Among it’s many benefits, fasting helps cleanse the digestive system and allows it to rest.

15 natural antioxidants found in the Okinawan diet

The Antioxidant Canon, for Westerners

In 2010 the UK’s Daily Mirror published a list of foods recommended by excited to combat aging. Among these foods readily available in the West are:

  • Vegetables such as broccoli and chard, for their high concentration of water, minerals and fiber
  • Oily fish such as salmon, mackerel, tuna and sardines for all the antioxidants in their fat
  • Fruits such as citrus, strawberries and apricots; they are an excellent source of bushings and help eliminate toxins from the body
  • Berries such as blueberries and goji berries; they are rich in phytochemical antioxidants
  • Dried fruits which contain vitamins and antioxidants and give your energy
  • Grains such as oats and wheat, which give you energy and contain minerals
  • Olive oil, for its antioxidant effects that show in your skin
  • Red wine, in moderation for its antioxidant and vasolidatory properties

Foods that should be eliminated are refined sugar and grains, processed baked goods, and prepared foods, along with cow’s milk and all it’s derivatives. Following this diet will help you feel younger and slow the process of premature aging.

Resilience And Wabi-Sabi - How to face life’s challenges without letting stress and worry age you

What is resilience?

  • One thing that everyone with a clearly defined ikigai has in common is that they pursue their passion no matter what.

    They never give up, even when the cards seem stacked against them or they gave one hurdle after another.

  • Resilience isn’t just the ability to persevere. It is also an outlook we can cultivate to stay focused on the important things in life rather than what is most urgent, and to keep ourselves from being carried away by negative emotions.
  • “Fall seven times, rise eight” - Japanese Proverb
  • Resilient people know how to stay focused on their objectives, on what matters, without giving in to discouragement. Their flexibility is the source of their strength. They know how to adapt to change and to reversals of fortune. They concentrate on the things they can control and don’t worry about those they can’t.

Emotional resilience through Buddhism

  • Gautam Budhha realized that a wise person should not ignore life’s pleasures. A wise person can live with these pleasures but should always remain conscious of how easy it is to be enslaved by them.
  • Zeno abandoned Cynicism’s teaching to found the school of Stoicism, which centers on the idea that there is nothing wrong with enjoying life’s pleasure as long as they don’t take control of your life as you enjoy them. You have to be prepared for those pleasures to disappear.
  • The goal is not to eliminate all feelings and pleasures from our lives, but to eliminate negative emotions.

What’s the worst thing that could happen?

  • We finally land of dream job, but after a little while we are already hunting for a better one. We win the lottery and buy a nice car but then decide we can’t live without a sailboat. We finally win the heart of the man or woman we’ve been pinning for and suddenly find a wandering eye.

People can be insatiable.

  • The Stoics believed that these kinds of desire and ambitions are not worth pursuing. The objective of the virtuous person is to reach a state of tranquility: the absence of negative feelings such as anxiety, fear, shame, vanity and anger and the presence of positive feelings such as happiness, love, serenity and gratitude.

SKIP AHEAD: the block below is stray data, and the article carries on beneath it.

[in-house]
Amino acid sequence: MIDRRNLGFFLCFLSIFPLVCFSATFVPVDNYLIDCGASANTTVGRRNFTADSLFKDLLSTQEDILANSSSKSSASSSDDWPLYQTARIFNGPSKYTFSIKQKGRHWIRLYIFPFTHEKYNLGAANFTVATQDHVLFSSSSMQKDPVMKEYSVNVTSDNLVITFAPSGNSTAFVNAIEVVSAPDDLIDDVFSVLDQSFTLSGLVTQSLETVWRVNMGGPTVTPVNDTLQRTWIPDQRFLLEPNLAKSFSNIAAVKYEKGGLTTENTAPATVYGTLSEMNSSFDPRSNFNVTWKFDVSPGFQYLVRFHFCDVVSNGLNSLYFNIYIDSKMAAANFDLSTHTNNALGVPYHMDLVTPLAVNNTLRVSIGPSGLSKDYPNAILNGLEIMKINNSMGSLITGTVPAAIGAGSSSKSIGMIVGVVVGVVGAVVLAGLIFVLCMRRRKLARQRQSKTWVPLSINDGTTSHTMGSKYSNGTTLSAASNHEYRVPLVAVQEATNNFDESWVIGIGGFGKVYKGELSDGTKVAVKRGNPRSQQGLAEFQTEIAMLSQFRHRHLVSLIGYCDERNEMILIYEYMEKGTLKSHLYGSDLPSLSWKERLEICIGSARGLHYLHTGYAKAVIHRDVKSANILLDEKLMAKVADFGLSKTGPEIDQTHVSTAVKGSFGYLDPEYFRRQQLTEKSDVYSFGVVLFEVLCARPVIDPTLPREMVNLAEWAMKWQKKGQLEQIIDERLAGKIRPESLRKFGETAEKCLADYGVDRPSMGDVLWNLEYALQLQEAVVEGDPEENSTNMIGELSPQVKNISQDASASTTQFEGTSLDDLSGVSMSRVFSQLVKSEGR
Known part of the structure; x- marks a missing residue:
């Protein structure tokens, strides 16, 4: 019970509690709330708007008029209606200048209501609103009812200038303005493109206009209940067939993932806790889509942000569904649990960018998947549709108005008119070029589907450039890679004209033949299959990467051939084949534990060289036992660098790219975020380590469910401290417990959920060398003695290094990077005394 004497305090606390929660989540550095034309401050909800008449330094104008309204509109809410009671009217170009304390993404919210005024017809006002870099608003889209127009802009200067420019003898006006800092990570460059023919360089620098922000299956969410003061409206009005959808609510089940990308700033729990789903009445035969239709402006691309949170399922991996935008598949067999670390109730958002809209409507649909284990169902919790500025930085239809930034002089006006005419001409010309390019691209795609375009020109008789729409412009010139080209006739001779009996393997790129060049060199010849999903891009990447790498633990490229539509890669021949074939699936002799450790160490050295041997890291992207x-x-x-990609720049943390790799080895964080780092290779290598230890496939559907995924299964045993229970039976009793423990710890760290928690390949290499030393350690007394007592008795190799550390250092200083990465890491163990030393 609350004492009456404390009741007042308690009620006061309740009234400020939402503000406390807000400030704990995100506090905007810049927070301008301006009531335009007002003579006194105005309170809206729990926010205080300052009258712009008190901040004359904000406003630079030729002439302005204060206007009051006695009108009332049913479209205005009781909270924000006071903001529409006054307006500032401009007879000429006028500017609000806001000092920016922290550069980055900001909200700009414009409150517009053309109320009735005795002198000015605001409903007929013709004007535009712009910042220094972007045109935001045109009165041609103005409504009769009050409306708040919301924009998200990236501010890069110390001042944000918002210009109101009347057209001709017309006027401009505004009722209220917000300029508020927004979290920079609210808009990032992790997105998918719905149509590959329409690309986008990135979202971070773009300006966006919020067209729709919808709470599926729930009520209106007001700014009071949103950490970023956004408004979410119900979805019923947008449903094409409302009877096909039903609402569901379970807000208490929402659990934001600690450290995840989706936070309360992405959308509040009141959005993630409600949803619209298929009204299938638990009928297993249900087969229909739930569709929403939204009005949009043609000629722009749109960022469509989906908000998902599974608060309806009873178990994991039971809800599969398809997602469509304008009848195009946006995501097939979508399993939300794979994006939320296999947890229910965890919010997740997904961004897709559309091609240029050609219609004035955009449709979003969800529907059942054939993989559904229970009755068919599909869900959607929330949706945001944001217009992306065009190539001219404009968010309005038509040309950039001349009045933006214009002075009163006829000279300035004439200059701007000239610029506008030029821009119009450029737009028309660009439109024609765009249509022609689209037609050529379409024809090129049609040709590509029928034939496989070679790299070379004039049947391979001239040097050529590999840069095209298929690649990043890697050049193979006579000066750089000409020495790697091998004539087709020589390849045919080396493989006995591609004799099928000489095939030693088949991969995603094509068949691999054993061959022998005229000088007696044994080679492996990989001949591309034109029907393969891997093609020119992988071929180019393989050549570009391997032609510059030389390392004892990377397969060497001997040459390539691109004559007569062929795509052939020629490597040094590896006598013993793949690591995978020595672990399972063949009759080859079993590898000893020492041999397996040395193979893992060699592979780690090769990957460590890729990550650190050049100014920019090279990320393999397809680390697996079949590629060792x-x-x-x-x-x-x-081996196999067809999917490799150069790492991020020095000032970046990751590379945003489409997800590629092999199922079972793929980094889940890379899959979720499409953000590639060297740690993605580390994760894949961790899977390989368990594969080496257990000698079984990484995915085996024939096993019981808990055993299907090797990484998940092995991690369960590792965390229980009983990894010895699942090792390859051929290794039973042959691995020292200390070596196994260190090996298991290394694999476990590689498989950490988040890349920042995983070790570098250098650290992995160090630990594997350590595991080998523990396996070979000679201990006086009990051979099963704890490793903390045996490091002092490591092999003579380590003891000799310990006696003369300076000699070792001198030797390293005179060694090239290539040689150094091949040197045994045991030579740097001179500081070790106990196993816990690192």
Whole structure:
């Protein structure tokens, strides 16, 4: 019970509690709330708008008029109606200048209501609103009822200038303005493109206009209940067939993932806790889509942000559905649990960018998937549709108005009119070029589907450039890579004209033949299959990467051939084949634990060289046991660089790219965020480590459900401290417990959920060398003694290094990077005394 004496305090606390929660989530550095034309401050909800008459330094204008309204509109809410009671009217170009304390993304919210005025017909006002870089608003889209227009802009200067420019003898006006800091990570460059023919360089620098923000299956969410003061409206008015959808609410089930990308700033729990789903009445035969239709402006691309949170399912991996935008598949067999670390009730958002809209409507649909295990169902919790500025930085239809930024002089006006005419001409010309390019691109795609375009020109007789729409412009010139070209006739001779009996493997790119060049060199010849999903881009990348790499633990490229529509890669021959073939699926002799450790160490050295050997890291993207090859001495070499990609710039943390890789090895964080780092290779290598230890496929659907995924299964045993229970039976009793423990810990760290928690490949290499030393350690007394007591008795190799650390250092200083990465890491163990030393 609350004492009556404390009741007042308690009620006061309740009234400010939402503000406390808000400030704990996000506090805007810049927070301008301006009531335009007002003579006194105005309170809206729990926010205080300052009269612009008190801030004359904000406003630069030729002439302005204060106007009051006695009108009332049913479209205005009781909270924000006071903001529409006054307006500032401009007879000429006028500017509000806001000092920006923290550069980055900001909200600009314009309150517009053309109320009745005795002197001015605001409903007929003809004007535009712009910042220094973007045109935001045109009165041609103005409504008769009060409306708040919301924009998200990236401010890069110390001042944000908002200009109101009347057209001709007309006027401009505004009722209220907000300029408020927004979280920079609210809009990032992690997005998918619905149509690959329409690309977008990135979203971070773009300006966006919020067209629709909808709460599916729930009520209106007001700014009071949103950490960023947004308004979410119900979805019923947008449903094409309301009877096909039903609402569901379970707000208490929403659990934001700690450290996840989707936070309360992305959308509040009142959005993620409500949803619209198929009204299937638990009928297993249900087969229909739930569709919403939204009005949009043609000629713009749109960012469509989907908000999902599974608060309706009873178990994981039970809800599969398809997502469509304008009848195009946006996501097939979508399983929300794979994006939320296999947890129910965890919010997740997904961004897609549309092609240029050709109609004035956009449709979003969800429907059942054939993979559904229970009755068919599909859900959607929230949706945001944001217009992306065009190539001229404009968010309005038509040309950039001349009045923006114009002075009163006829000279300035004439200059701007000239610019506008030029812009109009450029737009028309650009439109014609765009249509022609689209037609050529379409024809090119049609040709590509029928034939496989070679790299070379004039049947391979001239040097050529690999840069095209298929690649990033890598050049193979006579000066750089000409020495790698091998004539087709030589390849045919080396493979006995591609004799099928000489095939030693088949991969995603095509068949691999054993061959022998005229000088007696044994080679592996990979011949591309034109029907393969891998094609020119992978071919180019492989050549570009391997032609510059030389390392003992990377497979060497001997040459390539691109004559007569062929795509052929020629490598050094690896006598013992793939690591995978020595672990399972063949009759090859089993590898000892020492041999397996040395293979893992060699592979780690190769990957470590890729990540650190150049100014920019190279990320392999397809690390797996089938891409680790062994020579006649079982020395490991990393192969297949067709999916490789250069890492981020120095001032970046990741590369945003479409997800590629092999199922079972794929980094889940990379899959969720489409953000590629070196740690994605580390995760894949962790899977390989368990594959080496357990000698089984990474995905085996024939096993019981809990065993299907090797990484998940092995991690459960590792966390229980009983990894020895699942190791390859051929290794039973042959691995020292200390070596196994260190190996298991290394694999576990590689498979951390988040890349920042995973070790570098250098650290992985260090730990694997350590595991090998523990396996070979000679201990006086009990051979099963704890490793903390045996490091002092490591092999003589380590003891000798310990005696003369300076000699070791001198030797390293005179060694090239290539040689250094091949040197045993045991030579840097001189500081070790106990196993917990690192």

In order to keep their minds virtuous, the Stoics practiced something like negative visualization: They imagined the worst thing that could happen I’m order to be prepared of certain privileges and pleasures were taken from them.

Meditating for healthier emotions

  • In addition to negative visualization and not giving in to negative emotions, another central tenet of Stoicism is “knowing what we can control and what we can’t”.

Worrying about things that are beyond our control accomplished nothing. We should have a clear sense of what we can change and what we can’t, which in turn will allow us to resist giving in to negative emotions.

  • “It’s not what happens to you, but how you react that matters” - Epictetus

The here and now, and the impermanence of things

  • The present is all that exists, and it is the only thing we can control. Instead of worrying about the past or future, we should appreciate things just add they are in the moment, in the now.
  • “The only moment in which you can be truly alive is the present moment” - Thich Naht Hanh
  • We should never forget that everything we have and all the people we love will disappear at some point.
  • Being aware of the impermanence of things does not have to make us sad, it should help us love the present moment and those who surround us.

Beyond resilience: Antifragility

  • Antifragility is beyond resilience or robustness. The resilient resists shocks and stays the same; the antifragile gets better.” - Nassim Nicholas Taleb

How can we be more antifragile?

Step 1: Create more options
  • Instead of having a single salary, try to find a way to make money from your hobbies, at other jobs, or by starting your own business. If you have only one salary, you might be left with nothing should your employer run into trouble, leaving you into a position of fragility. On the other hand, if you have several options and you lose your primary job, it might just happen that you end up dedicating more time to your secondary job, and maybe even make more more money at it. You would have beaten that stroke of bad luck and would be, in that case, antifragile.